• It was about 4am in 2010 when our infantry squad of ten soldiers was preparing to ambush the passing “enemy” – another set of Estonian conscripts on the country’s military service which is mandatory for men.

    Everyone hiding in that damp and dark forest was dead tired due to intense training. We all suffered from sleep deprivation and most of us felt cold. I was assigned with a Ksp 58 machine gun. I teamed up with Andres, a mate who was responsible for feeding ammunition to the 1.2 metre, 12 kilogramme beast of a weapon that fires up to 16 hellishly loud rounds per second.

    We had to stay alert, but I was barely awake. Andres, who was next to the gun barrel, had fallen asleep. Then a soundless signal was given to us: open fire! Alas, Andres was shaken by the sound of the machine gun firing (blanks, of course) right next to him. Poor Andres. He woke up to an ambush.

    Thankfully it wasn’t real, in the same way a war in our part of the world did not seem real in 2010.

    I thought of experiences like this when I was in Vilnius last week covering the NATO summit. One of the key topics for our readers at Estonia’s leading news portal Delfi were the defence plans for our region. These are the same ones I will follow as an infantry platoon commander, if it should become necessary for reserve units to fight for the defence of Estonia. New reserve units have been assembled in light of the enhanced aggressiveness from Russia.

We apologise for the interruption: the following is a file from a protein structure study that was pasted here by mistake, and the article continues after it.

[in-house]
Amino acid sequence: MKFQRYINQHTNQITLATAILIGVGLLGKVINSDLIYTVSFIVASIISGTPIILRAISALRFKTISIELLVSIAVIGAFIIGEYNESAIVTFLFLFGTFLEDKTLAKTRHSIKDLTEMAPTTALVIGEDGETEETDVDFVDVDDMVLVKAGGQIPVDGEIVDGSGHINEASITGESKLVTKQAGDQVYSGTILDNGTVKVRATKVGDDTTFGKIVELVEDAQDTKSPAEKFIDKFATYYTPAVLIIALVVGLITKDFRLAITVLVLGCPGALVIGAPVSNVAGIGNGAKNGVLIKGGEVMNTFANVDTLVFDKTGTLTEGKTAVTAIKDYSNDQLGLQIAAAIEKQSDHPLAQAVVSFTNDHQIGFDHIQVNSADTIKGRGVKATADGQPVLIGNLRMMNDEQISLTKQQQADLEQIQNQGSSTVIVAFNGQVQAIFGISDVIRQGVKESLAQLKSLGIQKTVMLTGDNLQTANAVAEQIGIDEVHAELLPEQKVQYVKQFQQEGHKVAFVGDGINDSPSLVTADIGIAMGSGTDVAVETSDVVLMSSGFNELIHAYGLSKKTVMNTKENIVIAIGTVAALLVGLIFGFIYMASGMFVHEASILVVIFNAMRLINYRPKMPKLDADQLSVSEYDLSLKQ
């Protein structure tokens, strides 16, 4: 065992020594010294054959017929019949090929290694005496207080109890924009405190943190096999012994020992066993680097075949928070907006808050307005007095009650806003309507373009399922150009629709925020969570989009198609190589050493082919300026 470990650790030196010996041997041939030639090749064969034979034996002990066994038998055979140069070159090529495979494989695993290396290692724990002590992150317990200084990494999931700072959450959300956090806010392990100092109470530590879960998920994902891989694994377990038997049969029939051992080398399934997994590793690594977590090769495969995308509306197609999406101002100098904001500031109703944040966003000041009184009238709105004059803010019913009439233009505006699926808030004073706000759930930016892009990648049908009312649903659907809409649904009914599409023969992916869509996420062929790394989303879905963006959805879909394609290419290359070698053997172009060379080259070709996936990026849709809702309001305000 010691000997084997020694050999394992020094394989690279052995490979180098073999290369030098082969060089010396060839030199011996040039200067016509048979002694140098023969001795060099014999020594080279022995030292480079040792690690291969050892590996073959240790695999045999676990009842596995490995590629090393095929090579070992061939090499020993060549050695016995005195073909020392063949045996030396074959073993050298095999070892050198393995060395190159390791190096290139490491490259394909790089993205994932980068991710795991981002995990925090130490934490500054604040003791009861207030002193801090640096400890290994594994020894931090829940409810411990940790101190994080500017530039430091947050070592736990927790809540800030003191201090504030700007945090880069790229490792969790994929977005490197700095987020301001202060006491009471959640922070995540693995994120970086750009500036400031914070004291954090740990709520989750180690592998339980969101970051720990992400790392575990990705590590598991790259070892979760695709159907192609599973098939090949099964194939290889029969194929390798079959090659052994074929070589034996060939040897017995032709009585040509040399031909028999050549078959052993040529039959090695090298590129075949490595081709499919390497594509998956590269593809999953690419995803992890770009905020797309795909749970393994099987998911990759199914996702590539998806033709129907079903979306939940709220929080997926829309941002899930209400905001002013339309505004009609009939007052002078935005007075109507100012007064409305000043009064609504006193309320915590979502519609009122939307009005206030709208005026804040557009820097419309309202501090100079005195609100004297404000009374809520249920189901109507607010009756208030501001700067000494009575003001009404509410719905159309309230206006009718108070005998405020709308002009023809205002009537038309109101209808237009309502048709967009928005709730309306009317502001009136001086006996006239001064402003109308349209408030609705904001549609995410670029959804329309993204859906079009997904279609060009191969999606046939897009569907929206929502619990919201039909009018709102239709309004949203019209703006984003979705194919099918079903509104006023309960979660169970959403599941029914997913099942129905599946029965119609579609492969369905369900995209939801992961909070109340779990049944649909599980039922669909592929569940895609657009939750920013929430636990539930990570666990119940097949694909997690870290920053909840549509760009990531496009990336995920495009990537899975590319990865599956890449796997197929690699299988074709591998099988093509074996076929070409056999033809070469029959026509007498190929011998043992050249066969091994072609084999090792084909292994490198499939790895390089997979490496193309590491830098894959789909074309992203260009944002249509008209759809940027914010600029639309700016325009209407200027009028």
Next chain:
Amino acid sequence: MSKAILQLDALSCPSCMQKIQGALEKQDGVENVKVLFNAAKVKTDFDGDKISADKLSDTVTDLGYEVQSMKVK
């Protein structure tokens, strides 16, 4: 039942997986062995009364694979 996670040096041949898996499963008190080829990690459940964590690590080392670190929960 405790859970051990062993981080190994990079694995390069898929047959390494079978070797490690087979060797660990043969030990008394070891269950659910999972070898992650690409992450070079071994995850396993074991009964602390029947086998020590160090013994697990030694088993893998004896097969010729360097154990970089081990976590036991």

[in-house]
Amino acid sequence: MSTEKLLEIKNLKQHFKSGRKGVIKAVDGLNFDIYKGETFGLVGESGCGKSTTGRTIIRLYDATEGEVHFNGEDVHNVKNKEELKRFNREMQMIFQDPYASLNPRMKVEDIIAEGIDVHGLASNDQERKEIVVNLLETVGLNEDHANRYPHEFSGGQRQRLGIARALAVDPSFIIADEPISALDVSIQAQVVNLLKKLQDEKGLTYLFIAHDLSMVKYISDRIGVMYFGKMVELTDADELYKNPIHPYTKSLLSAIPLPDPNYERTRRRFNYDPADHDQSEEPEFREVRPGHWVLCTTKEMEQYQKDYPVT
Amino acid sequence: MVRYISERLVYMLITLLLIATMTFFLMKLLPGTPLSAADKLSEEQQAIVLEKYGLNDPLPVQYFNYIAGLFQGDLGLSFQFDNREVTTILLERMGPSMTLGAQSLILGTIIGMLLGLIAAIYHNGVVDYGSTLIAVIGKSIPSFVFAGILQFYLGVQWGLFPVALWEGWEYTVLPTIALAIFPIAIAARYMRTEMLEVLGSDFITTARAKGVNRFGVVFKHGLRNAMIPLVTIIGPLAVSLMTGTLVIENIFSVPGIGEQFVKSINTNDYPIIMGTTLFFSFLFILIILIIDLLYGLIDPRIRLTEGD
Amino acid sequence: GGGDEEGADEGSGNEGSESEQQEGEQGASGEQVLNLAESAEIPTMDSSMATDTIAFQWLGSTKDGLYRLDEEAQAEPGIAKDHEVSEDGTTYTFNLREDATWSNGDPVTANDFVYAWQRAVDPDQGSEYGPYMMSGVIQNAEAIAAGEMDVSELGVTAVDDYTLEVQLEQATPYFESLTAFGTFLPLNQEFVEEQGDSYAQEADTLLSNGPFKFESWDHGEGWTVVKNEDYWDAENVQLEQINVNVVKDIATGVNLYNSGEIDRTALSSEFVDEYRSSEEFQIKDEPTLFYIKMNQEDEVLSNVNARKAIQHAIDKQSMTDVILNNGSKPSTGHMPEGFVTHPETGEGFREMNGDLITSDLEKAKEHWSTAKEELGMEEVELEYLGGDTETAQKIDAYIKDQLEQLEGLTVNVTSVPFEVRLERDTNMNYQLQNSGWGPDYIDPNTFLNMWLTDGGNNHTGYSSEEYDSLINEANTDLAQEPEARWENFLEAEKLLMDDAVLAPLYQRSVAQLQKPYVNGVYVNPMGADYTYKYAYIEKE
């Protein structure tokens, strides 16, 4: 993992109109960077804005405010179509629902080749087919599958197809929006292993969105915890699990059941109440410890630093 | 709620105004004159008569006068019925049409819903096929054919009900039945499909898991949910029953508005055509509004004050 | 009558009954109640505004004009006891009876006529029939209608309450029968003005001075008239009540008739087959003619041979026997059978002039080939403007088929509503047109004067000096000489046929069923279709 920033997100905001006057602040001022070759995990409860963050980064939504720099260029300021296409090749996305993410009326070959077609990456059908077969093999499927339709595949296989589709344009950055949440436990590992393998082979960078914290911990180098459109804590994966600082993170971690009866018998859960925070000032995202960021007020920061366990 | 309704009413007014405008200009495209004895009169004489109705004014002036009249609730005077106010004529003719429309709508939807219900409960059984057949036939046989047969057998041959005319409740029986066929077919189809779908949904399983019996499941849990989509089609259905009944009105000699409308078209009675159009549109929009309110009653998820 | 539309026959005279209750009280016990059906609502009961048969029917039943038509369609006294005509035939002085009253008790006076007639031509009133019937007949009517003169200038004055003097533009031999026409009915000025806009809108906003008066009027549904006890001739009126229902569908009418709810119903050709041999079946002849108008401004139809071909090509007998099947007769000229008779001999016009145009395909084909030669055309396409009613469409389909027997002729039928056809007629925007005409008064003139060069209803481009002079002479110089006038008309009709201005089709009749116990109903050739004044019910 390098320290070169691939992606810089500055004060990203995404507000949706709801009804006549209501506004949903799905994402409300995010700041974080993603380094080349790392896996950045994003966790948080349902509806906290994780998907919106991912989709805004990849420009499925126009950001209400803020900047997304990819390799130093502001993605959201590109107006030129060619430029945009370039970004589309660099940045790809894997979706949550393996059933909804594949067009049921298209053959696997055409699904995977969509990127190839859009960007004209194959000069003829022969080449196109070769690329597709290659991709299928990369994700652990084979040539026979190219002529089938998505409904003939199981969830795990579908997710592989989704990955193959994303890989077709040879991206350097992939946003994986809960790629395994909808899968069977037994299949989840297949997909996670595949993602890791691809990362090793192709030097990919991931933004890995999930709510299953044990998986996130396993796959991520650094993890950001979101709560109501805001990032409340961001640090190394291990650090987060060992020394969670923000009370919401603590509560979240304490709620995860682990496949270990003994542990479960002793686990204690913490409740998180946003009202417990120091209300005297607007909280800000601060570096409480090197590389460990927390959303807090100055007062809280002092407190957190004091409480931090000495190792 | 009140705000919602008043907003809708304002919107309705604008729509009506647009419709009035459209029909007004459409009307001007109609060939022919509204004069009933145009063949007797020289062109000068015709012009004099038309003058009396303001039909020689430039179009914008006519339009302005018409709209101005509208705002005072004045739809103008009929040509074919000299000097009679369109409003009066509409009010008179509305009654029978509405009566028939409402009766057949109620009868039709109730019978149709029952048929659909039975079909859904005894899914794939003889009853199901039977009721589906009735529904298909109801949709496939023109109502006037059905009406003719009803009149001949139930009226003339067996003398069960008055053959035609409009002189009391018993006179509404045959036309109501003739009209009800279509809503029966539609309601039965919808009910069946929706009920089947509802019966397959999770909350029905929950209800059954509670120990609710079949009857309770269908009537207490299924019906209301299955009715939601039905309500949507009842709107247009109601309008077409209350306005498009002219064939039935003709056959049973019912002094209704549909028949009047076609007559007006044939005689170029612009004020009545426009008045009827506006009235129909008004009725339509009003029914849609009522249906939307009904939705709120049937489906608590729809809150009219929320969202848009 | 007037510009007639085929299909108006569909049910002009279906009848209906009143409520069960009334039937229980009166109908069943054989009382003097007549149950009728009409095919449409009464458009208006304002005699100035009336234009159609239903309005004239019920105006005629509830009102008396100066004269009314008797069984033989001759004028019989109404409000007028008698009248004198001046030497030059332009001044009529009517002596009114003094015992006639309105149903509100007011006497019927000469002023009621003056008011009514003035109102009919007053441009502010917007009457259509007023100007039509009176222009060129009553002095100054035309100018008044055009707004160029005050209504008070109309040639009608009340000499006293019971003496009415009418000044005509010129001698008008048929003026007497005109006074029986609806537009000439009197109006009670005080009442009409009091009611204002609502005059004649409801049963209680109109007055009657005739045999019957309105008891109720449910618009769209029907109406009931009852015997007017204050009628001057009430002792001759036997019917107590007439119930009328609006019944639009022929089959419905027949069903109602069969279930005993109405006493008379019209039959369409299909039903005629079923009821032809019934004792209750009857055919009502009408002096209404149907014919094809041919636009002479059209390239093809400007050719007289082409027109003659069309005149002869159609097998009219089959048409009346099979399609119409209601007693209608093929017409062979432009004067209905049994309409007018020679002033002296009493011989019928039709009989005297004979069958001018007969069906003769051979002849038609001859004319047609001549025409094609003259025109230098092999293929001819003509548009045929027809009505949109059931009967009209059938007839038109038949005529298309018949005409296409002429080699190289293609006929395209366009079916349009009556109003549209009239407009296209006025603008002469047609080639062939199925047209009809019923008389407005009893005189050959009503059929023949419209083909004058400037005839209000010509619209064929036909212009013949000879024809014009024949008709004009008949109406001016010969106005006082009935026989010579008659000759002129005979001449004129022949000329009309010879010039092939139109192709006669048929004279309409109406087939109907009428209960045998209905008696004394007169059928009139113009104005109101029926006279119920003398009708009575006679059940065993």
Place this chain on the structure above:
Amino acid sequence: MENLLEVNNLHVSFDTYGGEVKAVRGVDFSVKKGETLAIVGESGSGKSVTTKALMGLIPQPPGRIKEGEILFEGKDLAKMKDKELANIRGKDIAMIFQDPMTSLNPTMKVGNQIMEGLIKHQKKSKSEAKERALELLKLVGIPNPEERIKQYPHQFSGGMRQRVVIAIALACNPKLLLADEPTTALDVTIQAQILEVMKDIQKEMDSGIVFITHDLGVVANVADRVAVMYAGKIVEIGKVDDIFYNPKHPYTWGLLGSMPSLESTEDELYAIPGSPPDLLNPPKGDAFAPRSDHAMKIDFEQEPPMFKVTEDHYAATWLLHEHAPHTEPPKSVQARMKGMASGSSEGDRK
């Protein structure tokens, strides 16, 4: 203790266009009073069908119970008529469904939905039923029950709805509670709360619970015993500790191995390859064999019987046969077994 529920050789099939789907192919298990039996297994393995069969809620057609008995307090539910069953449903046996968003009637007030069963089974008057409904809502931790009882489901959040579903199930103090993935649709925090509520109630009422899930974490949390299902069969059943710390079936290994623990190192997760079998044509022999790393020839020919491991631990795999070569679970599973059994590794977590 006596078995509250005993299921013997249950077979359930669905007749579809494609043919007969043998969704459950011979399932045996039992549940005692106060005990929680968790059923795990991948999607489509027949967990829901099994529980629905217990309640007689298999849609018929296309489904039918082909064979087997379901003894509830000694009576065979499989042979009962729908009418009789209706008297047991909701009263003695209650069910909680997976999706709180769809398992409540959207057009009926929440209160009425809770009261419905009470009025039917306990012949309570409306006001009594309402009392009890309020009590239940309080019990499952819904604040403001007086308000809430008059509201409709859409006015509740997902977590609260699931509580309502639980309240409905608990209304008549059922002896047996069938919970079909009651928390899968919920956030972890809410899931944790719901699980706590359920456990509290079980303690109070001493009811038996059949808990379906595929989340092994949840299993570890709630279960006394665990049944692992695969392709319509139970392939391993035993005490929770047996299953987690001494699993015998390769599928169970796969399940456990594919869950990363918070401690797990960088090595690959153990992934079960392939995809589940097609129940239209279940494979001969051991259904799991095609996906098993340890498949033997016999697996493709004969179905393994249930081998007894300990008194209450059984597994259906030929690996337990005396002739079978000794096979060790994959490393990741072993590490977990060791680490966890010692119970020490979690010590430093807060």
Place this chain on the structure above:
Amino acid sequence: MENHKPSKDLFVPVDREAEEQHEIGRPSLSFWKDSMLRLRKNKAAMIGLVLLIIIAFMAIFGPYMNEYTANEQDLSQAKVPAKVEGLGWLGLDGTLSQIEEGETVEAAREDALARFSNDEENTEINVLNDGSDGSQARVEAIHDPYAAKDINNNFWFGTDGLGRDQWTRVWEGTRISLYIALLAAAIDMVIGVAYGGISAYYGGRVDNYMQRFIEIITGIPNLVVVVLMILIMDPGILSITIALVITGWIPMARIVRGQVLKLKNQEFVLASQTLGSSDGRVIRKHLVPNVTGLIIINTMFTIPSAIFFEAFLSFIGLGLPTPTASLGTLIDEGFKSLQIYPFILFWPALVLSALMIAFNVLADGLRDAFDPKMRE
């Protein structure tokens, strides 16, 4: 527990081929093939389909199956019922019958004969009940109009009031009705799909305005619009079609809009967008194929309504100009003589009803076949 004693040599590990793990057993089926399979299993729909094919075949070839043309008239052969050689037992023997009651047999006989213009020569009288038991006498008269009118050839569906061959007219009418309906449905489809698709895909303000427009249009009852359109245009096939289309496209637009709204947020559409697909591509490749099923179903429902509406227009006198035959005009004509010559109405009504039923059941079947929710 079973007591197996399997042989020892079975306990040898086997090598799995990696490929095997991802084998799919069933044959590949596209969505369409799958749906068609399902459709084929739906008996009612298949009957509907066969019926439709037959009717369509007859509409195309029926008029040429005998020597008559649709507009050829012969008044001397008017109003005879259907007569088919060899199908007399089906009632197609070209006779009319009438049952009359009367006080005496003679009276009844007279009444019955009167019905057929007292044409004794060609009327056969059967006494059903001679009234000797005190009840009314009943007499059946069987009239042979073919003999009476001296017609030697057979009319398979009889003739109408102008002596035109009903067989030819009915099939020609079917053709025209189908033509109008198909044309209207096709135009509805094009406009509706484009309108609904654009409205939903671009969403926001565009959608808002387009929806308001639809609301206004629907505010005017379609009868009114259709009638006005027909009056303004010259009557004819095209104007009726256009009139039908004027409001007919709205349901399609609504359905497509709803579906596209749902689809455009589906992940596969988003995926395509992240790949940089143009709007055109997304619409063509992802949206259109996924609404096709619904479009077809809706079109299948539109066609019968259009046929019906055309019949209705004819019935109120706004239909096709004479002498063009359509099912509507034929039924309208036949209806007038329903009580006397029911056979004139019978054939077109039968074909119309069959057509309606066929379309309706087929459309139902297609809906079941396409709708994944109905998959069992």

It’s been thirteen years since my service, but I will go back to the woods in September for a ten-day mandatory training period. Thousands of others will be there. We’ll have to stay more alert this time, because the threat feels much more real.

    Windows broken, stores looted, wrecked streets and a nation in shock. This is what I saw on my way to a secondary school civics exam, scheduled for the morning of 27 April, 2007.

    It was hard to revise the evening before because I was experiencing a different kind of civics exam – watching the events of Estonia’s now-infamous Bronze Night (Pronksiöö) play out on TV.

    This was centred around the Government’s intention to relocate a monument for a Soviet soldier from the so-called Great Patriotic War. The difference between that concept and the Second World War? The latter began in September 1939 when both the Nazis and the Red Army invaded Poland, and each occupied half of the country. The former began only in 1941 when the Nazis turned on their Soviet allies.

    The Bronze Soldier had become a flashpoint of division between two concepts of history. After another round of provocations, riots broke out in central Tallinn. This kind of unrest had been unknown in a peaceful country that had just joined the EU and NATO. Born in 1988, I had felt I was living at the end of history.